Tuesday, September 08, 2009

The Problem With Mandates

Ezra Klein has a seemingly thorough summary of Senator Max Baucus's health reform proposal. I don't have the time to get into my thoughts on everything now, but I did want to discuss individual health insurance mandates, which are a complicated and prominent part of the Bauscus proposal. I have two major problems with mandates, which I'll outline below.

1- Any individual mandate is bound to have some sort of disproportionate impact. Not that the opportunity to obtain health insurance now isn't disproportionate, but a mandate takes the problem of unaffordability and makes it potentially worse. The problem is that all the various brackets designed to make insurance more affordable are based on income, not ability to pay. Young people who go without health insurance generally aren't choosing to do so in order to live the high life. They're doing so because they've got other bills to pay, be it credit cards, student loans, or any other debt. But income based brackets don't take debt into account, particularly troubling given the vast disparities in student loan debt that exist among young Americans. What a young single individual making $35,000 a year with no student loan debt can afford is very different than what a young single individual making the same amount with over $100,000 in student loan debt can afford.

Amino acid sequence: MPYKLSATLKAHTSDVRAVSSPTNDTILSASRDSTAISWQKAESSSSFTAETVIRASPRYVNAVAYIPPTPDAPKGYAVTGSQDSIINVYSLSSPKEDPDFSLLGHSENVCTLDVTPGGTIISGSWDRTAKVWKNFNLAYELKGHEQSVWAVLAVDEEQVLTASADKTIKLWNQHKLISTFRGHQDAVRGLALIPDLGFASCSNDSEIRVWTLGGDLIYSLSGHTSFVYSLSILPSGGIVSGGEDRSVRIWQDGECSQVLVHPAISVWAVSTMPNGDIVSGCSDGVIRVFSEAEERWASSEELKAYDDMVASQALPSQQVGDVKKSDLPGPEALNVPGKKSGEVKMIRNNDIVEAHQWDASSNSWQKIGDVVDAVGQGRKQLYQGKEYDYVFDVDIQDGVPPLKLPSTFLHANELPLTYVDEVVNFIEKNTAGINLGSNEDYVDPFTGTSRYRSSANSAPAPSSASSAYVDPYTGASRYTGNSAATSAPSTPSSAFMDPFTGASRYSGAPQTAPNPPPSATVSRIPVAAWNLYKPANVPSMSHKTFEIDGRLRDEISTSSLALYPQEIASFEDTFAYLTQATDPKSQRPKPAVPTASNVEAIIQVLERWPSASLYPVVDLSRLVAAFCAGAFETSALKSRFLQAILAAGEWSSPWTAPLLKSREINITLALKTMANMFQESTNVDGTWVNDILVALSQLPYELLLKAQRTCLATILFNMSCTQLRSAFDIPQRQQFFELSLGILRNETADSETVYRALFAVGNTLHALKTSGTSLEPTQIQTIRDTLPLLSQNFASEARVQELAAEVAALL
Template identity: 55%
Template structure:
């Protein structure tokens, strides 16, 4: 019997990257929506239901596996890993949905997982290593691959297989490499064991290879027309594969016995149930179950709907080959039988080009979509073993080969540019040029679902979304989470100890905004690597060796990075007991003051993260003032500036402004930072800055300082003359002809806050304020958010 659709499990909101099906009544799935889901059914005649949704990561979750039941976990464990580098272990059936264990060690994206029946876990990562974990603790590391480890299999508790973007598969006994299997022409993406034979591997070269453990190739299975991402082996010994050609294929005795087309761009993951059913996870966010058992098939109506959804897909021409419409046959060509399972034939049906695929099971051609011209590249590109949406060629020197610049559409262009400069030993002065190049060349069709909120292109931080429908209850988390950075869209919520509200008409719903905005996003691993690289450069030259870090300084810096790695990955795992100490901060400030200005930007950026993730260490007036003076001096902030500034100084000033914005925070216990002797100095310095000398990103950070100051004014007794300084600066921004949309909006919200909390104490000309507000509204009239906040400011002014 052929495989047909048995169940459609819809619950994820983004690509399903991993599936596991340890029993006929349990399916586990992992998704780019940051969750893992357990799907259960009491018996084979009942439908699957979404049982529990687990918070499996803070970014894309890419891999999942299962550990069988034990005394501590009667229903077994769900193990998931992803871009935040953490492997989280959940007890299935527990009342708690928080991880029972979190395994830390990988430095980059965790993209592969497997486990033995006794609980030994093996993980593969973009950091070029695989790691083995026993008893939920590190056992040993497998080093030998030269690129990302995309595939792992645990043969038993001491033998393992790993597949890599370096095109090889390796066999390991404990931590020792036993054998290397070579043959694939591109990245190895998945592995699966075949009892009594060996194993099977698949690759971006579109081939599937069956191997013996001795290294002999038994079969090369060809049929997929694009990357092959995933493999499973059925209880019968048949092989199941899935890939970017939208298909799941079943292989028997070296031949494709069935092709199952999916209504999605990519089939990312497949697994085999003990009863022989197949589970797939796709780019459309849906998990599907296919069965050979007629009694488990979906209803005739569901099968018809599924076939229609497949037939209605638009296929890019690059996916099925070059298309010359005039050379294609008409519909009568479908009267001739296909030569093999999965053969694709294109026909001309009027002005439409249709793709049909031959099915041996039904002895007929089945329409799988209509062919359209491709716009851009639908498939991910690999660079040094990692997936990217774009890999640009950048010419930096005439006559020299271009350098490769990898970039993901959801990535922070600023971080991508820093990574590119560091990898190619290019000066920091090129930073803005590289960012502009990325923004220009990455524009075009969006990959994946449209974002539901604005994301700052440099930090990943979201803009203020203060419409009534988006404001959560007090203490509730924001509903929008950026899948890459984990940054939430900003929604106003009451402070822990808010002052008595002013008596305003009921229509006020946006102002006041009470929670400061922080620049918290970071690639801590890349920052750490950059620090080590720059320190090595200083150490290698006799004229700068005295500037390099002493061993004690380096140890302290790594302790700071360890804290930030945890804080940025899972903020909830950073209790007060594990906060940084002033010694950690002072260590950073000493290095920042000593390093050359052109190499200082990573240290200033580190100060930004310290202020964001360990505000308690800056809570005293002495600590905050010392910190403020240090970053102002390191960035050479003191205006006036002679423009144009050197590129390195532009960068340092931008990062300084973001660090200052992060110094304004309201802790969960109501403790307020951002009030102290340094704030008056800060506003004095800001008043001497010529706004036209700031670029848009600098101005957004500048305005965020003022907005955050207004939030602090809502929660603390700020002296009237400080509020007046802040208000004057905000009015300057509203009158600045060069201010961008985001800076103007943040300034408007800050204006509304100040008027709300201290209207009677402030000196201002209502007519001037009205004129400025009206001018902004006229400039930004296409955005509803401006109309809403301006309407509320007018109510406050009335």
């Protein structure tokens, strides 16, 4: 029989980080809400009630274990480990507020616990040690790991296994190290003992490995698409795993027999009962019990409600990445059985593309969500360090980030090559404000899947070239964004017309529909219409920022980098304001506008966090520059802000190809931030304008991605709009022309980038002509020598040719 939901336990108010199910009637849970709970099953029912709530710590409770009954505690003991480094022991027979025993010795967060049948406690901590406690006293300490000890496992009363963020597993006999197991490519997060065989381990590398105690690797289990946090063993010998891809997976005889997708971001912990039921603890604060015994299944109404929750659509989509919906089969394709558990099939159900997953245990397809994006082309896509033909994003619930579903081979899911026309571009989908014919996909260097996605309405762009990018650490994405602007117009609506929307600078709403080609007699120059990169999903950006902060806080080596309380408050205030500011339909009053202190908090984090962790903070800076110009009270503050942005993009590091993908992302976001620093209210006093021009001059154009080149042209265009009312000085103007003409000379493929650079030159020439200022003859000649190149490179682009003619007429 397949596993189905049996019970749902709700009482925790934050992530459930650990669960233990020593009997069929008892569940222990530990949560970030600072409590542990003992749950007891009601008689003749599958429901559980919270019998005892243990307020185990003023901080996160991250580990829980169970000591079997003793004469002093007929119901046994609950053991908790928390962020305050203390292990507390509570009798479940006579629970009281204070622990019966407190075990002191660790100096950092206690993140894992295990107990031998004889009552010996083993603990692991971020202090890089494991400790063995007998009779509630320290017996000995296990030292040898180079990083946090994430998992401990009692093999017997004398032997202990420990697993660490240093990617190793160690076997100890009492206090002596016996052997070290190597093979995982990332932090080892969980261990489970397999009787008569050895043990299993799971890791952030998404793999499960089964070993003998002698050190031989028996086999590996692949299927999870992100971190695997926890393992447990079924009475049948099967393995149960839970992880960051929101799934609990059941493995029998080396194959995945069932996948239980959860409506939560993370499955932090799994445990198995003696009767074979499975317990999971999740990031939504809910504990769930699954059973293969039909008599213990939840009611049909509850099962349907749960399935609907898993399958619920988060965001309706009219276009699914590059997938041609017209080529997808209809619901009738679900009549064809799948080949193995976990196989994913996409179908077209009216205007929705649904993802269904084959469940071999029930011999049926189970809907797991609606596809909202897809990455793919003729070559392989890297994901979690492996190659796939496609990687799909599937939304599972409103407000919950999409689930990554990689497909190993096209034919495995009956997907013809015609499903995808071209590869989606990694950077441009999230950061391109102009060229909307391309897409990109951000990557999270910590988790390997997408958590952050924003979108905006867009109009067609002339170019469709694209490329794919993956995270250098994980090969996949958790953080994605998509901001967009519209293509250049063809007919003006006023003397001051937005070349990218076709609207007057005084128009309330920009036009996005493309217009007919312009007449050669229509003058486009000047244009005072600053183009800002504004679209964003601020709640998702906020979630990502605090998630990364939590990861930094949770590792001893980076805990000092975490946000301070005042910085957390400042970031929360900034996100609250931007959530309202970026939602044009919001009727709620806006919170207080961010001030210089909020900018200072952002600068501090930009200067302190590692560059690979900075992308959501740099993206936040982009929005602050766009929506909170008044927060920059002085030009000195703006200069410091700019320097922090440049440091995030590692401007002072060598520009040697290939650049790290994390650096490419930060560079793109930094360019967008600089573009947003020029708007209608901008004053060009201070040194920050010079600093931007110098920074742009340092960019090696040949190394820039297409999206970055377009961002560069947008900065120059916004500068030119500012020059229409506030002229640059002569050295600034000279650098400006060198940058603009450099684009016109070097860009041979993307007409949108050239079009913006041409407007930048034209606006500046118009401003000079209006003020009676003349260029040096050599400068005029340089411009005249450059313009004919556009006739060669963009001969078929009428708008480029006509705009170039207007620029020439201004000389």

The problem with a mandate is that it doesn't take individual circumstances into account and what's affordable for some could literally push others into bankruptcy. Being pushed into bankruptcy by unforseen medical expenses in bad, but I've got to say, being pushed into bankruptcy by a government mandate seems far worse.

2- An individual mandate is Constitutionally questionable and a potential violation of our right to privacy. I've heard some legal scholars mention this tangentially- It may be hard to make the argument that Congress lacks the Constitutional authority to pass a health insurance mandate, but the privacy argument is a bit more interesting. Obviously, Roe v. Wade recognizes that the right to abortion is part and parcel of a right to privacy, but other Supreme Court cases have recognized the right to refuse lifesaving medical treatment. And forgetting about the uninsured for a second, the real interesting side of the argument comes to the insured who'd rather keep their medical information away from government eyes. I admit, it's by no means a convincing legal argument, but simply speaking philosophically, it's troubling when you start down the slippery slope of your health care being a public and not a private matter.


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